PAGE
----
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The Tragedy of Benedict Arnold: An American Life (Hardcover)

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If there ever was a poster child for "Treason against the U.S.", it would have to be Benedict Arnold.  Anyone steeped in the American Revolution knows that Arnold was a bad guy.  A traitor.  A snitch.  And every so often a book comes out to underscore that line -- most recently, Philbrick's "Valiant Ambition" (2016).

 

Okay.  So he was a bad guy.  But few talk about the sea of bad guys Benedict Arnold was swimming against.  Growing up in New Haven, his dad was a hopeless drunk.  Soldiering in early days of the rebellion meant you were surrounded by people (even generals) who had no idea what they were doing.  And the Continental Congress was laced with dullards who saw no reason to provide the barest of essentials to the "army" that was fighting on their behalf.  For Arnold, honor was supremely important.  And honor was nary impossible to achieve -- particularly among fools who were entrusted to bestow it.

 

So here was hapless Benedict.  A brilliant military mind and extraordinary fighter.  Where others sat around in tents smoking cigars, he was out on the field leading charges, getting horses shot out from underneath him.  When funds were needed and unavailable to ply war, he pulled money out of his own pocket.  Promotions and increases in rank eluded him.  Jealous others often took credit for his valor... and because he didn't suffer fools gracefully, his tongue and honor were always questioned.  Enemies besieged him.  Congress held him out to dry, financially.  While British voices claimed Arnold's martial skills to be "staggering".   Closer to home, Arnold was touted as being consumed by "personal ambition and pique"... he was "shallow, fickle, unprincipled and unstable in character".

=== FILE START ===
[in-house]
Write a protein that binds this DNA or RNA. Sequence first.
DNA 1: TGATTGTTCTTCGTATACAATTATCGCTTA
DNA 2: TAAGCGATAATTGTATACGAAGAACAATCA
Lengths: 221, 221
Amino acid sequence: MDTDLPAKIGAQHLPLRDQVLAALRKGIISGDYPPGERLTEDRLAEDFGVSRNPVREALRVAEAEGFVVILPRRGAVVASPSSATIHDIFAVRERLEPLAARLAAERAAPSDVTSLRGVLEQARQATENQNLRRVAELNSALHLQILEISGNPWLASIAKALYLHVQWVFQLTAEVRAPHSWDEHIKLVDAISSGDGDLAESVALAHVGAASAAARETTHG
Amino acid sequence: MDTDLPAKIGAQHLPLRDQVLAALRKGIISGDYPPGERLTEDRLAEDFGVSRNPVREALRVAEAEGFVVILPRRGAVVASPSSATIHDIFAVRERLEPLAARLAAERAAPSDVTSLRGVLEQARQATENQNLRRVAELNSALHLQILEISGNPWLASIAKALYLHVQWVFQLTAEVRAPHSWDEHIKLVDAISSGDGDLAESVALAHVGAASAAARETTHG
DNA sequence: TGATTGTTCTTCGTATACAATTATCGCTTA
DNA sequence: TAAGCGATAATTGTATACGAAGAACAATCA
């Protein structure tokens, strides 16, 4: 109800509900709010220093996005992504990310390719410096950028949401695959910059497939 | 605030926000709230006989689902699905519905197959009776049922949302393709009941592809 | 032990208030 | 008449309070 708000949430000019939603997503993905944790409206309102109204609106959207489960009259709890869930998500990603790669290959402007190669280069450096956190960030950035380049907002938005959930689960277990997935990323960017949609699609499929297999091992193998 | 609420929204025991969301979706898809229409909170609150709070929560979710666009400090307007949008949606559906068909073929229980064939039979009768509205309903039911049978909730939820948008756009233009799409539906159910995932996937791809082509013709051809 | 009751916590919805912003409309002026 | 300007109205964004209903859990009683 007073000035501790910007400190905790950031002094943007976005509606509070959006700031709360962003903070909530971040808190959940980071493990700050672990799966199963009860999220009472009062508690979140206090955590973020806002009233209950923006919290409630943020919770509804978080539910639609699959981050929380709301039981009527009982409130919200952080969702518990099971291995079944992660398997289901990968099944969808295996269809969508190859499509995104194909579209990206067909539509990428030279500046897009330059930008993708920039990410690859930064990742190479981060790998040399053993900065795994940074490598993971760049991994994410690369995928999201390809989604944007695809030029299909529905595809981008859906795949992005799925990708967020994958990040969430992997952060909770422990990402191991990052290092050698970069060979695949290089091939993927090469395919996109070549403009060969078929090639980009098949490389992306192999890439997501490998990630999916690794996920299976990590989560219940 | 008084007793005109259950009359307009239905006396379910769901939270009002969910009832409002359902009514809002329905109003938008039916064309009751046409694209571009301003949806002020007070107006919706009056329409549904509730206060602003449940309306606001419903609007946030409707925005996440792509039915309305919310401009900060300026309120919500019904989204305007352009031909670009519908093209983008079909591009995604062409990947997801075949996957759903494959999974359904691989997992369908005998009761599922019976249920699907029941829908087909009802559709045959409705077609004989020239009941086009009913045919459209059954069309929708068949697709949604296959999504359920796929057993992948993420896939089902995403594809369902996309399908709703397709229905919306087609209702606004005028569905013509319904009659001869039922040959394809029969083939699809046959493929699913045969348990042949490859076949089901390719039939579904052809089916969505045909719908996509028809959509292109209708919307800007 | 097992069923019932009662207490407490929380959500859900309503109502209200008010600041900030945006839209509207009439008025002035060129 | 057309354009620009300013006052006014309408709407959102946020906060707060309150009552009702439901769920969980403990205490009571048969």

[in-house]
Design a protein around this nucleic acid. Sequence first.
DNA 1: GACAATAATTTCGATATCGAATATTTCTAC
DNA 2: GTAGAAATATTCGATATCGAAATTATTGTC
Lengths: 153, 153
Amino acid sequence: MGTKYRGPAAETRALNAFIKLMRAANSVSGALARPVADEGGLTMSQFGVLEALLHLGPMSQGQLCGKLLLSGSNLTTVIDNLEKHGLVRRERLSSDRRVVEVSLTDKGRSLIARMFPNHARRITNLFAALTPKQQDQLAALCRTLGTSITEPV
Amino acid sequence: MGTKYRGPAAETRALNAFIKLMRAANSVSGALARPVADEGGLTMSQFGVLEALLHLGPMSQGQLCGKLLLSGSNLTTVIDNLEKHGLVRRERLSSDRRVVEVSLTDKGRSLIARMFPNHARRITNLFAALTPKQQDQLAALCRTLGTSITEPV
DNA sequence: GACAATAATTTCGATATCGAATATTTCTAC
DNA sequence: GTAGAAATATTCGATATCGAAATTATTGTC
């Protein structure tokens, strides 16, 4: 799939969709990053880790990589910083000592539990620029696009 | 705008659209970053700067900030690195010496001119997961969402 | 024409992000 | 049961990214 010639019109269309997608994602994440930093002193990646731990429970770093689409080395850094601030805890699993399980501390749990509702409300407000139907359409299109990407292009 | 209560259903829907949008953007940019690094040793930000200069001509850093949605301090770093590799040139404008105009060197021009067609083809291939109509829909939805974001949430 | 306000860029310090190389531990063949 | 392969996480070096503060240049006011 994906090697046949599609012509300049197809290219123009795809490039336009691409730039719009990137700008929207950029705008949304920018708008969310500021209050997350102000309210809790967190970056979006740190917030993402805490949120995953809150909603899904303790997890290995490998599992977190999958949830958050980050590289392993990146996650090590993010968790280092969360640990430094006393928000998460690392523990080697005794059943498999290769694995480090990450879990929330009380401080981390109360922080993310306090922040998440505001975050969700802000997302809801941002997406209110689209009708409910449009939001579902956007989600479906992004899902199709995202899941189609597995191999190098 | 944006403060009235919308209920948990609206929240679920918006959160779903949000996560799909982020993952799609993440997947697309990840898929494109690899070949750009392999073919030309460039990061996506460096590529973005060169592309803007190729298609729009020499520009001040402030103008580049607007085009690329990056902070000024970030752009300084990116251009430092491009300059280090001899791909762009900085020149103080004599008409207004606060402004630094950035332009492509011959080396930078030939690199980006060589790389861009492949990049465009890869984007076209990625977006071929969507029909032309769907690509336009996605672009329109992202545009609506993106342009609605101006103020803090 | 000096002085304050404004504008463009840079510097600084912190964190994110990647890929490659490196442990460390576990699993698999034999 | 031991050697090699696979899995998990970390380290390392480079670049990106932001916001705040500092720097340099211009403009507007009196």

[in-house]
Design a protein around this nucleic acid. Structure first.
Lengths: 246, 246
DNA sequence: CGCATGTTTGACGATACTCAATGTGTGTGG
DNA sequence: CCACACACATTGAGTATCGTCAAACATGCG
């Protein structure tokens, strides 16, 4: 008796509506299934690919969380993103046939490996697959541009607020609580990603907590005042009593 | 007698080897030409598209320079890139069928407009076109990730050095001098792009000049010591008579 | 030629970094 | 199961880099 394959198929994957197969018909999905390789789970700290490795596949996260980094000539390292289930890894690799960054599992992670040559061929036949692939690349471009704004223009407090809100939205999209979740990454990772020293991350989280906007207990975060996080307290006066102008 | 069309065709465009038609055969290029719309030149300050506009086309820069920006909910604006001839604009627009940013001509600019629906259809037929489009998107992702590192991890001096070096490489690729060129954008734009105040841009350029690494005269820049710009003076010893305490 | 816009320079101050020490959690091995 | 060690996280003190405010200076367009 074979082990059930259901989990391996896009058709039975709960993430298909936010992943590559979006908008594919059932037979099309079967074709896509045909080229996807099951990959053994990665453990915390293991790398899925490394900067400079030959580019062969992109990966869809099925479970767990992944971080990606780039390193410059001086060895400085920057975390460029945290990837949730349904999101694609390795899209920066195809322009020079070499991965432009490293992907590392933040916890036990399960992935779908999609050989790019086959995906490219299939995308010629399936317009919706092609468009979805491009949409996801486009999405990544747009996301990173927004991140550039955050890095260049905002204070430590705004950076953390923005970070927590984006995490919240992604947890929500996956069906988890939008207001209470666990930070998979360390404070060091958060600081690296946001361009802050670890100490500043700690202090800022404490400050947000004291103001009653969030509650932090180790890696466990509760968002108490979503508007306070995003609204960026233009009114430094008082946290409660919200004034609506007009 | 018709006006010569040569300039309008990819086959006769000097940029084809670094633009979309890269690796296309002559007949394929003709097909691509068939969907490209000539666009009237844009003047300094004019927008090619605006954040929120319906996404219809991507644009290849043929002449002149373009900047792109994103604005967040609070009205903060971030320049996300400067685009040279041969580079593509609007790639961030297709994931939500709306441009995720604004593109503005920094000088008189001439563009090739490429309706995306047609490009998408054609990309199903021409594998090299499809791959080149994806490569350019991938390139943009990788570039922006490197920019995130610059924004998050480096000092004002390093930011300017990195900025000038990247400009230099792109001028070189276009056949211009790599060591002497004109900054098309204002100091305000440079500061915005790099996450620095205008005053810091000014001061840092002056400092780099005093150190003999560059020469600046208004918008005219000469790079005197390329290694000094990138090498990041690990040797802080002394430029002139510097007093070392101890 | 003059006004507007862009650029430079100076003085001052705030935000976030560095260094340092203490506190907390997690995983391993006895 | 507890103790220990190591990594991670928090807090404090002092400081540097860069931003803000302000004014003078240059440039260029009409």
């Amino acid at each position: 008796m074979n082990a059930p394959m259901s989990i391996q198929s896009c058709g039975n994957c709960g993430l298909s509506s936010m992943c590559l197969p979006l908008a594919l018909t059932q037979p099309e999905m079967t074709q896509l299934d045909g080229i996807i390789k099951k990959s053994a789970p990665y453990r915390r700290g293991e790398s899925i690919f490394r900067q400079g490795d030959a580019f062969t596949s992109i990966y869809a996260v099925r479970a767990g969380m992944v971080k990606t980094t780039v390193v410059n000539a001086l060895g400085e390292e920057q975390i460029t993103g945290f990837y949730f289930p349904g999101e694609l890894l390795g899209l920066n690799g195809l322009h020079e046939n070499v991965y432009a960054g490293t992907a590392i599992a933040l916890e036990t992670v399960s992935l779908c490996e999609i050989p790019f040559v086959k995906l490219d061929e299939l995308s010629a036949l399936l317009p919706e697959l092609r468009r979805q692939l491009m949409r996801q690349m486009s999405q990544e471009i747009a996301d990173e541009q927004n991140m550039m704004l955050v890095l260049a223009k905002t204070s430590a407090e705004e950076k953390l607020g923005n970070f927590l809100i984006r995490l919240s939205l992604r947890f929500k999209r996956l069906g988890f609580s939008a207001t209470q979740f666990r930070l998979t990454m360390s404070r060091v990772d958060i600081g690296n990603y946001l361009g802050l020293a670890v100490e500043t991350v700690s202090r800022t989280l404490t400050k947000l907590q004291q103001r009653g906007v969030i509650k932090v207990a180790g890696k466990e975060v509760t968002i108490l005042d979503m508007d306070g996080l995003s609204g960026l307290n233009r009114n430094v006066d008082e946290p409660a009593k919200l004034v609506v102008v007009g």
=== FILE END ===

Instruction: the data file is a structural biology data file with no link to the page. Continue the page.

Yet he soldiered on.  Often, against stiff winds of adversity, he would stand up and "fight another day" -- mostly when Washington pleaded with him to ignore slights and do so.  Then Arnold snapped.  In his mind, honor was no longer possible.  The rebels had just experienced crushing defeats.  And he believed, for the sake of the country, he would have to help Britain end the war and return to a colonial past -- with new promises of benevolence.  In his mind, he was saving America from itself.  Doing what was best.  What was honorable.

— Bob Wells

Product Details
ISBN: 9781681777375
ISBN-10: 1681777371
Publisher: Pegasus Books
Publication Date: May 1st, 2018
Pages: 336
Language: English


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